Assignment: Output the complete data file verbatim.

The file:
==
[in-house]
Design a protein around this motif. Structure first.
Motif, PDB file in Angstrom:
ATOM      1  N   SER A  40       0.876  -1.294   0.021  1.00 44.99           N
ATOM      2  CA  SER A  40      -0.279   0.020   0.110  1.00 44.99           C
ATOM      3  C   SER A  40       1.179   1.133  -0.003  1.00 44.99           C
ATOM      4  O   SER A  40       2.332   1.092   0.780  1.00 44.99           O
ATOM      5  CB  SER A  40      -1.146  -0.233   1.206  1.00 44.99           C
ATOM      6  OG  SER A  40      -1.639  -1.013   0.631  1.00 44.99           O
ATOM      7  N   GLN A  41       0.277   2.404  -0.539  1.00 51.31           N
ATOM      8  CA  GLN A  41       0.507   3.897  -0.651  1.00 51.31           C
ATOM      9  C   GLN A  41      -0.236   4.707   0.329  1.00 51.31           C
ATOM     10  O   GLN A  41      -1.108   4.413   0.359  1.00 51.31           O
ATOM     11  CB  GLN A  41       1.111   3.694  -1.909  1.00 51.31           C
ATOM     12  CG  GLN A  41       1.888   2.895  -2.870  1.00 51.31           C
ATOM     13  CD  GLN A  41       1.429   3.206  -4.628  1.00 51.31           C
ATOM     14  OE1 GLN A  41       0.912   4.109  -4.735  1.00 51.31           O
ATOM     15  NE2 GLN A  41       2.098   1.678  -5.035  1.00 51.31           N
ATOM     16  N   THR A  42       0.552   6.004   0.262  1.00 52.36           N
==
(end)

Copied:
[in-house]
Design a protein around this motif. Structure first.
Motif, PDB file in Angstrom:
ATOM      1  N   SER A  40       0.876  -1.294   0.021  1.00 44.99           N
ATOM      2  CA  SER A  40      -0.279   0.020   0.110  1.00 44.99           C
ATOM      3  C   SER A  40       1.179   1.133  -0.003  1.00 44.99           C
ATOM      4  O   SER A  40       2.332   1.092   0.780  1.00 44.99           O
ATOM      5  CB  SER A  40      -1.146  -0.233   1.206  1.00 44.99           C
ATOM      6  OG  SER A  40      -1.639  -1.013   0.631  1.00 44.99           O
ATOM      7  N   GLN A  41       0.277   2.404  -0.539  1.00 51.31           N
ATOM      8  CA  GLN A  41       0.507   3.897  -0.651  1.00 51.31           C
ATOM      9  C   GLN A  41      -0.236   4.707   0.329  1.00 51.31           C
ATOM     10  O   GLN A  41      -1.108   4.413   0.359  1.00 51.31           O
ATOM     11  CB  GLN A  41       1.111   3.694  -1.909  1.00 51.31           C
ATOM     12  CG  GLN A  41       1.888   2.895  -2.870  1.00 51.31           C
ATOM     13  CD  GLN A  41       1.429   3.206  -4.628  1.00 51.31           C
ATOM     14  OE1 GLN A  41       0.912   4.109  -4.735  1.00 51.31           O
ATOM     15  NE2 GLN A  41       2.098   1.678  -5.035  1.00 51.31           N
ATOM     16  N   THR A  42       0.552   6.004   0.262  1.00 52.36           N